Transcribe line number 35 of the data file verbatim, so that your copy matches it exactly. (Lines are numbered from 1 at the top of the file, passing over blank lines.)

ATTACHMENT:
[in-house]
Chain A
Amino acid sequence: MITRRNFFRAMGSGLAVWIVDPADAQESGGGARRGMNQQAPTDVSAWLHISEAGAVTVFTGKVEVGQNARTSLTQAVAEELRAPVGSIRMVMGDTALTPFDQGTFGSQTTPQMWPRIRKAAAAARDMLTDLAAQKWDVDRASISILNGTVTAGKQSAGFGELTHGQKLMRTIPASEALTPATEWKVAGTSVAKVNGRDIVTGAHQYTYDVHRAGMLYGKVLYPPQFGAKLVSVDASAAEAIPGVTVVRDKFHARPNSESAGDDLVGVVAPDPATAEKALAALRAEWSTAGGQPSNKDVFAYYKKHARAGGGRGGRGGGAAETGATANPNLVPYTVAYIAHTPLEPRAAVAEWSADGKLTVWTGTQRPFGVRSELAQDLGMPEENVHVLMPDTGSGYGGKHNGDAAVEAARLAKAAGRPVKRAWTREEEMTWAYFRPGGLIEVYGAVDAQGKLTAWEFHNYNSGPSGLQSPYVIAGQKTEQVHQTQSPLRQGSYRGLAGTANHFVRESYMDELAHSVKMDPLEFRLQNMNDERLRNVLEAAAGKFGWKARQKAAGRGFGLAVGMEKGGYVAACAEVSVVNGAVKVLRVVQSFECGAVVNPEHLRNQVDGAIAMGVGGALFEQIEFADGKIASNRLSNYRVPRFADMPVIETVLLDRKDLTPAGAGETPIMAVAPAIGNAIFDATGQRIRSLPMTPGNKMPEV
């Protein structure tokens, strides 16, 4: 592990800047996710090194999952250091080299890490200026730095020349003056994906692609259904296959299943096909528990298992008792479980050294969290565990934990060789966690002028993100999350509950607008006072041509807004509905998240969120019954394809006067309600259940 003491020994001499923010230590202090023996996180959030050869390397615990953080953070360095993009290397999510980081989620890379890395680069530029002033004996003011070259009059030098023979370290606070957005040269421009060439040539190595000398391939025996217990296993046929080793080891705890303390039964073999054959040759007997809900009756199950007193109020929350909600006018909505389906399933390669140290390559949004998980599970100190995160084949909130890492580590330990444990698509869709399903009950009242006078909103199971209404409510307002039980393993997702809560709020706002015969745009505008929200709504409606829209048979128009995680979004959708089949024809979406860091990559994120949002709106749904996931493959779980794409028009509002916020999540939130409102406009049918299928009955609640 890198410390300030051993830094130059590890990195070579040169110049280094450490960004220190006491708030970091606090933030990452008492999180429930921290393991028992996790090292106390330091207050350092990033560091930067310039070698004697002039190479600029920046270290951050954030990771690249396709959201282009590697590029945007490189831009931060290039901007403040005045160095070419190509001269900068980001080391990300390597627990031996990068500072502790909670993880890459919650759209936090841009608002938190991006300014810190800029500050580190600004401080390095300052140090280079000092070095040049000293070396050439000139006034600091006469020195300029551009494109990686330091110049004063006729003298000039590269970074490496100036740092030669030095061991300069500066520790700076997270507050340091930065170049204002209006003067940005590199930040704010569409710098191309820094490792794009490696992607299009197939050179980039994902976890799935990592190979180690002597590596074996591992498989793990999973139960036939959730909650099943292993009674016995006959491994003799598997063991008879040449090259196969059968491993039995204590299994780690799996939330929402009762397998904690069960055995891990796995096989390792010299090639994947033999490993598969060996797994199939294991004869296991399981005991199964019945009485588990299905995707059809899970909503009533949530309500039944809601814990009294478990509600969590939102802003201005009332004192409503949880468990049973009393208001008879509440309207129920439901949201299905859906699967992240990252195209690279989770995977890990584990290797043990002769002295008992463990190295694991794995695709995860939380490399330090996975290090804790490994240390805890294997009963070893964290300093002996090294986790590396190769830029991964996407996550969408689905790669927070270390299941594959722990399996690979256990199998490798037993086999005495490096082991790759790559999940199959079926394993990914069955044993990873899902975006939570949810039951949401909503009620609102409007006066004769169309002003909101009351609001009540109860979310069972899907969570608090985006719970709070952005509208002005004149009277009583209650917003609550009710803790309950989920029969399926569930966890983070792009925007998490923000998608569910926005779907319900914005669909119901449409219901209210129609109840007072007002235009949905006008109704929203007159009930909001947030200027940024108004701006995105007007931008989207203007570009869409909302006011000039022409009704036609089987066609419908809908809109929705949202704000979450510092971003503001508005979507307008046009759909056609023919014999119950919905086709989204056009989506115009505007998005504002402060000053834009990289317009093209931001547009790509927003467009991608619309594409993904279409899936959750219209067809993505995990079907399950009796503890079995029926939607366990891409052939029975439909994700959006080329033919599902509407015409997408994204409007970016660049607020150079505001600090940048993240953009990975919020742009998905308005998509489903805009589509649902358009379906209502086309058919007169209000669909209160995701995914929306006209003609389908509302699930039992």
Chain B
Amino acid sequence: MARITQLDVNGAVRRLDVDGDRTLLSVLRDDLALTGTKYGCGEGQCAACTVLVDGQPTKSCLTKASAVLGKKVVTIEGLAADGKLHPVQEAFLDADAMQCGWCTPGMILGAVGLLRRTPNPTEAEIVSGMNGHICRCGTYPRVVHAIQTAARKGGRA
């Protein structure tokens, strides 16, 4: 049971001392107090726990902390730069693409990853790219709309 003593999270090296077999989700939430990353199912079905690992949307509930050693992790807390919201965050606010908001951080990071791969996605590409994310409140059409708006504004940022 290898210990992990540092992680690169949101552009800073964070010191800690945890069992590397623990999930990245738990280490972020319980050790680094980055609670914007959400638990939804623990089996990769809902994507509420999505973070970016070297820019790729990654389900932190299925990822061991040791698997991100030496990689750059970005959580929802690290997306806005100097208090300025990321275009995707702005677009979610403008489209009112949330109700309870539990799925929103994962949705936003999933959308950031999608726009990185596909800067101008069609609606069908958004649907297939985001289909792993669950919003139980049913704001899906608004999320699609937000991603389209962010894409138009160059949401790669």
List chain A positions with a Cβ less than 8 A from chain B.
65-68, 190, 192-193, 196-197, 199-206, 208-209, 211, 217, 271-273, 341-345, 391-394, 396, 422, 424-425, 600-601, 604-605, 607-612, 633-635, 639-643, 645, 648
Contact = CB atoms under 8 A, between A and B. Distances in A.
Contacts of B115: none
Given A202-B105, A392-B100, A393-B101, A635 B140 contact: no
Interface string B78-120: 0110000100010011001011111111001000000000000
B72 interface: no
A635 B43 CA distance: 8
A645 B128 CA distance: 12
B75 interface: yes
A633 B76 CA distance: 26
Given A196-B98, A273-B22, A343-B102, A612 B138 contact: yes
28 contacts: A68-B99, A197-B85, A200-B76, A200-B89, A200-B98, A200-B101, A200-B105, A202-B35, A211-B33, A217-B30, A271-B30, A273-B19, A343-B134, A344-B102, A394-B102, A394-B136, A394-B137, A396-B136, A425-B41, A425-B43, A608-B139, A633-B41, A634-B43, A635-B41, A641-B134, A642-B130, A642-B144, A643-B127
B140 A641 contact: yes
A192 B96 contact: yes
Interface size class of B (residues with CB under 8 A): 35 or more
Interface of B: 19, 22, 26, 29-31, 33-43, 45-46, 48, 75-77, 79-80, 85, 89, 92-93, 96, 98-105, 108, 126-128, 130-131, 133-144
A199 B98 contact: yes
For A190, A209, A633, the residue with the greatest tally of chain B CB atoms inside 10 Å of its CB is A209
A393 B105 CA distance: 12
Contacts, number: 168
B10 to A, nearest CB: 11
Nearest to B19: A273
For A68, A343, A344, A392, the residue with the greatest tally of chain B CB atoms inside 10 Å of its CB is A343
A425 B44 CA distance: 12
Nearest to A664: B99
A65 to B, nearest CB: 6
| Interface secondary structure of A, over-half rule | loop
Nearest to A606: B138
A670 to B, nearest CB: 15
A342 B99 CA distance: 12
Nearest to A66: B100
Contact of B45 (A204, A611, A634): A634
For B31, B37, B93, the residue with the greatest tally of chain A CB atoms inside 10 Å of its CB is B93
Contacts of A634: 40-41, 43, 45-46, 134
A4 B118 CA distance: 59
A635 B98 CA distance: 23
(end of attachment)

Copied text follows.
| Interface secondary structure of A, over-half rule | loop